Tuesday, April 19, 2011

The Journey, still day one. Sitting in a traffic jam, with time to think about stuff

Hopefully, we've all had time to consider the question in depth.  Assuming that to be true, I'm going to move on.

We've got a fork coming up, and we have a choice of two roads.  One leads us towards Privilege, and the other goes towards Right.  Although I know which road I'd take, let's spend a minute discussing the implications of the decision.

Monday, April 18, 2011

On the freeway - still Day One

Okay, as we ease into traffic and join the herd stampeding down the freeway, let's expand the conversation a little.

Sunday, April 17, 2011

And the journey begins

The important part of this whole discussion is the process.  If you believe in the process, then you'll more likely believe in the result.  That's why we're taking the journey in the first place, because, if I just jumped in with the destination, you might, understandably, jump in and say you didn't want to go THERE!

So, as you hop into this vehicle, be it the Mini Cooper or the big bus, I'm going to ask you to consider a question.  I don't need an answer, but...you do.  Don't try to consider where it might lead you, just consider the question all by itself.  I know that's hard to do, because it's instantly tempting to say..."yes, but...."

Don't consider the implications of your decision, just consider the question.  I'll warn you right now that it doesn't lead where you think it does.

So, here's your first question.

Friday, April 15, 2011

It's a journey

Tonight I'm going to invite you to go on a journey with me.  I'm not telling you where we're going, at least not yet.  I think it's better that way.

Sunday, April 10, 2011

Profound...and distressing

Years ago, Alexander Graham Bell completed the first telephone call.  According to legend, and apparently backed up by first-person accounts, after he spilled some liquid, possibly acid, he yelled into his primitive receiver something like Watson.  Come here.  I need you.

His exact words aren't important, at least not now.  Apparently whatever he spilled got cleaned up and no one was the worse for it.  The important part was that Watson heard him, and telecommunication was born.

In the years that followed, the telephone did many things, but by far the most important was that it gave people more time.  They didn't need to write a letter and then post it.  They didn't need to delay decisions for days waiting for a response.  They didn't need to hop on a horse and go to town to communicate, or ride in a train or carriage or automobile to ask a simple question.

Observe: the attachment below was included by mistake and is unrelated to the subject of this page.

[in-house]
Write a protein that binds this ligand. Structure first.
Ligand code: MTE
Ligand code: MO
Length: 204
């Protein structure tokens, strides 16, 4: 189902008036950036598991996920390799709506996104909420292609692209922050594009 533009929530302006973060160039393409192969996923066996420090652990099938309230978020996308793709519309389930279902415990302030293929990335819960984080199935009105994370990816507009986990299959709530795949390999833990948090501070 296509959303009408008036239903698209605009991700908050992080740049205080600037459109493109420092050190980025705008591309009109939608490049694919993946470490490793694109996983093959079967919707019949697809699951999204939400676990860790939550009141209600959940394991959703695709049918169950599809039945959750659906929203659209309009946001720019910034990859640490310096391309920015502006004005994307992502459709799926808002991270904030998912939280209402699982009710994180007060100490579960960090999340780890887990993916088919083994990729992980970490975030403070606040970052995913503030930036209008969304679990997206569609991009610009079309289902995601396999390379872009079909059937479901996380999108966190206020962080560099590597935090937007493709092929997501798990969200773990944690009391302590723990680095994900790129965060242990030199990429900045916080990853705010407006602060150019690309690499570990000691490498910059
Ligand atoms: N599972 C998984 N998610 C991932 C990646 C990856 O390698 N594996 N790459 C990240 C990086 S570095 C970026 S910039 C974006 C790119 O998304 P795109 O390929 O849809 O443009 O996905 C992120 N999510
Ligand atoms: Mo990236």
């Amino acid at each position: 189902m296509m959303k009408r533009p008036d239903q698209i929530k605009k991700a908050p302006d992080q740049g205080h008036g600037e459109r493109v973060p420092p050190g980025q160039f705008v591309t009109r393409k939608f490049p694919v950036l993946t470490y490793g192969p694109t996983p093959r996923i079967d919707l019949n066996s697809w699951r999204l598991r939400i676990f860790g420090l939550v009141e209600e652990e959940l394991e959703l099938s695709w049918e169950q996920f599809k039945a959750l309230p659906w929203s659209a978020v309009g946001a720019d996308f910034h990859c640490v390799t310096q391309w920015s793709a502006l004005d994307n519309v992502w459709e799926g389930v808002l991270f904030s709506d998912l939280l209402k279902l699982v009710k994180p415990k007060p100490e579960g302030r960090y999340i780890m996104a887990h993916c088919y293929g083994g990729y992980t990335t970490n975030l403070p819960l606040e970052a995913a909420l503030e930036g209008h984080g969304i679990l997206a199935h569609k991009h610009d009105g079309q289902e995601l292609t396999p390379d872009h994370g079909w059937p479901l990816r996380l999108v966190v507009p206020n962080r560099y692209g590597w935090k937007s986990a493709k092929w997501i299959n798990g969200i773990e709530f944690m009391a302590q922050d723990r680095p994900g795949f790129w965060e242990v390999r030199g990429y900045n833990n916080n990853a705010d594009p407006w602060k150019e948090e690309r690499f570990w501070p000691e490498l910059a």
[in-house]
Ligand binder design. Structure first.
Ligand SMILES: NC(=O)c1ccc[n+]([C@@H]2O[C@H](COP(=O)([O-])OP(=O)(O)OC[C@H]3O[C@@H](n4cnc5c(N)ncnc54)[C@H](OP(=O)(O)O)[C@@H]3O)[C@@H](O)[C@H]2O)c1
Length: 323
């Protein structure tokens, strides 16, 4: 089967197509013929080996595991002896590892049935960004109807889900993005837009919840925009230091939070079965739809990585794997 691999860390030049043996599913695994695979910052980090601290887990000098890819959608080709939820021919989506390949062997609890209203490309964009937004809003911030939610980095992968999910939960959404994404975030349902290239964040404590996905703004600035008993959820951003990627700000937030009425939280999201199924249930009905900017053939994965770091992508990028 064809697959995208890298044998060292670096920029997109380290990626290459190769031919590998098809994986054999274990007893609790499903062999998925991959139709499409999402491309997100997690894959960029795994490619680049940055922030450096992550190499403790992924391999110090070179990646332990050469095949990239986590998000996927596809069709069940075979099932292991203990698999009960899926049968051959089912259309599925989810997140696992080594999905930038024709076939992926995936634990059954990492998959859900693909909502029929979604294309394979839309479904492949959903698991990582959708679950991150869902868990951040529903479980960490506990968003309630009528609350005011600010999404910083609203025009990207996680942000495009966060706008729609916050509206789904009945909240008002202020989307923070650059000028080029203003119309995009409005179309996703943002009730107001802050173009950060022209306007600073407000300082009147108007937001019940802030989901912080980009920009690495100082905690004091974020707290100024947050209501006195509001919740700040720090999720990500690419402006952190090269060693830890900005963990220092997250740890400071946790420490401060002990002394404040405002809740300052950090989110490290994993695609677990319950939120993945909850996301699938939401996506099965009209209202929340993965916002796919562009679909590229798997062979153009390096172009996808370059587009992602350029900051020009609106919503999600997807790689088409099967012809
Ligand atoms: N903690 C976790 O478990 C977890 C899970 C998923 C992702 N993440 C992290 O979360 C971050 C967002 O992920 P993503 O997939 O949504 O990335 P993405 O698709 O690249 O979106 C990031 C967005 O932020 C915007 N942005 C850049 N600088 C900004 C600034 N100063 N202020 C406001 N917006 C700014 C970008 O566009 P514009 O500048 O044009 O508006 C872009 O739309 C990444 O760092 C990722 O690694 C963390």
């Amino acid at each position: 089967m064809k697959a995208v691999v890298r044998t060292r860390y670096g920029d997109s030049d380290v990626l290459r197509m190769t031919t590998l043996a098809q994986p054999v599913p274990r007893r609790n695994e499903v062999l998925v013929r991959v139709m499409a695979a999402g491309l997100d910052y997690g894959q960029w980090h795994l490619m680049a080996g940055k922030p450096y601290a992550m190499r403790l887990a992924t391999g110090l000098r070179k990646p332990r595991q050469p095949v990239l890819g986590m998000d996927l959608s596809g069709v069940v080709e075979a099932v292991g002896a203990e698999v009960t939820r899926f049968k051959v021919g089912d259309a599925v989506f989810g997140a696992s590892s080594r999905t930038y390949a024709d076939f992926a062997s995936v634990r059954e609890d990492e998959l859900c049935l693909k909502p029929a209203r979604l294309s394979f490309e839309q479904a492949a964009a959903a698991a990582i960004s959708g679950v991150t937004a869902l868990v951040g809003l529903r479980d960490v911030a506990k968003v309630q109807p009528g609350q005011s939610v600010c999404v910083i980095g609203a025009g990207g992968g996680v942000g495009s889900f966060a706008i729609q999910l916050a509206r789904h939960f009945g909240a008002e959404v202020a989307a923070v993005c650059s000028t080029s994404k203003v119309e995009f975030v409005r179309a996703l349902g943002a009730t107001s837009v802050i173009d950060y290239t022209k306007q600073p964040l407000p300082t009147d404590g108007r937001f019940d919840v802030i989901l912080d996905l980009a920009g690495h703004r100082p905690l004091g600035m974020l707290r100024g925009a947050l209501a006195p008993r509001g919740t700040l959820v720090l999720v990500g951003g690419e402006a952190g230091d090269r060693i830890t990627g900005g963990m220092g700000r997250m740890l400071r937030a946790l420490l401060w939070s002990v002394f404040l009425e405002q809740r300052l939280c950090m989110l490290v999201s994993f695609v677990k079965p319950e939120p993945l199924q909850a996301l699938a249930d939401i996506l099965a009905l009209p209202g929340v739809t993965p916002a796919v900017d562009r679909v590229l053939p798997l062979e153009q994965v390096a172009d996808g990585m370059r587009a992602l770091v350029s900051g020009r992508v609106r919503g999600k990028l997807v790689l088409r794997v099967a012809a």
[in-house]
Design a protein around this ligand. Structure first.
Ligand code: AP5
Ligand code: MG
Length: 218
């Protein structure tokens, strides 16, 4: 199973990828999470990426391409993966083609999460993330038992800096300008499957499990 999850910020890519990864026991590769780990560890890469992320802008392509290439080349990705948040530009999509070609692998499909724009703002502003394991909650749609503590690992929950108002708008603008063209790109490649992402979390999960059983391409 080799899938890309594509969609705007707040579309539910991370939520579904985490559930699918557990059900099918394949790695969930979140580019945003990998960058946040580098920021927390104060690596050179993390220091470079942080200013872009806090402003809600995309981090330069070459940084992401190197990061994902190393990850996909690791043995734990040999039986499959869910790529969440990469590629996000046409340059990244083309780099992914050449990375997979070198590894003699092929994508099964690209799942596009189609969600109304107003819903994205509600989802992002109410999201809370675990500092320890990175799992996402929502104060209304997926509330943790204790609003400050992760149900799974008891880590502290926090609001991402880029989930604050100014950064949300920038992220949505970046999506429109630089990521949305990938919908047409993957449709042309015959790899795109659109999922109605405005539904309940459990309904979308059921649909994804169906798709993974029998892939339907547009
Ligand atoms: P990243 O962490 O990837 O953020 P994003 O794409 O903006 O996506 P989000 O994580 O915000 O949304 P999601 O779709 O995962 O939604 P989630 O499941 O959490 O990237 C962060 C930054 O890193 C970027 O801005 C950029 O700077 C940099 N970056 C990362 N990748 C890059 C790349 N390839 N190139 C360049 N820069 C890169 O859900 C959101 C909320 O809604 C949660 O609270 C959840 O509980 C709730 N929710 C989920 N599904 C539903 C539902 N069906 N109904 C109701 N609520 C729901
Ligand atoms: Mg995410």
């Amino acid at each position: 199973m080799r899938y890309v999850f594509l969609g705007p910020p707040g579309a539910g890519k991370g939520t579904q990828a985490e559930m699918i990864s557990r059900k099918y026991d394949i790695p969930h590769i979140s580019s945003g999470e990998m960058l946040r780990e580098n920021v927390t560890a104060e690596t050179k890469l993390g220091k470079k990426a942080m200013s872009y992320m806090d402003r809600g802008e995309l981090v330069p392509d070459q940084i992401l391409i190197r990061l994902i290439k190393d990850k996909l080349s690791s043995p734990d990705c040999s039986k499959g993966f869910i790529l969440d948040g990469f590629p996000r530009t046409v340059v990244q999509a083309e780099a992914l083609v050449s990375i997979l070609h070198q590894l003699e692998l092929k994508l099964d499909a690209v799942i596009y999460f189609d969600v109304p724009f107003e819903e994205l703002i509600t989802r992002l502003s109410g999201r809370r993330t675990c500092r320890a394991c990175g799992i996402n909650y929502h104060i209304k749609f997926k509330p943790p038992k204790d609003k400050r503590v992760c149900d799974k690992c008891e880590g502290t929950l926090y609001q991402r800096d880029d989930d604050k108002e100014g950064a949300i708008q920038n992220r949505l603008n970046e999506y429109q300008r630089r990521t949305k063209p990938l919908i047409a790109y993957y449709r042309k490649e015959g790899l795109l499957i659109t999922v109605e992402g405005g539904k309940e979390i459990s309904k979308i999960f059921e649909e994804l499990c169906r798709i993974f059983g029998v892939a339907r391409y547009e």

It is sometimes observed that nothing comes without a price, and although phone service cost money, that wasn't the true price.  The true price was a bill that remained unpaid, and the interest kept accruing.  Today, for far too many people, that bill has come due, and the total rivals the Federal debt!

Today, that early telephone, which has morphed into something far different, is collecting the bill...and the interest.  It is sucking every moment of your time, claiming hours you could have spent with friends, family, and society.  It has stolen your time to read and study.  It robs you of personal interaction, and replaces those hours with stupidity on a tiny screen.

Instead of taking your wife to a movie, you watch it by yourself, somehow convinced that trading the Big Screen for that little, itty bitty picture is a great deal.  Heck, you don't even get popcorn...although, just maybe, you have an App for that!

The worst part is the balance due on that bill hasn't gone down, and the interest keeps mounting.

Now, after you've used your phone to forward this to 11 of your friends, sent three tweets about it, and stopped to check your messages and email for the 97th time in the last hour, shut off your phone and discover the world around you.  Take...oh...at least ten minutes.  You'll be surprised what you've been missing during all the time your phone has claimed!

Friday, April 8, 2011

The real problem is...........

Today, and for the whole of this past week, the news channels are filled with everything "Shutdown."  Given the importance of what's going on, that's probably appropriate.  However, what's being missed in all that noise is the real issue.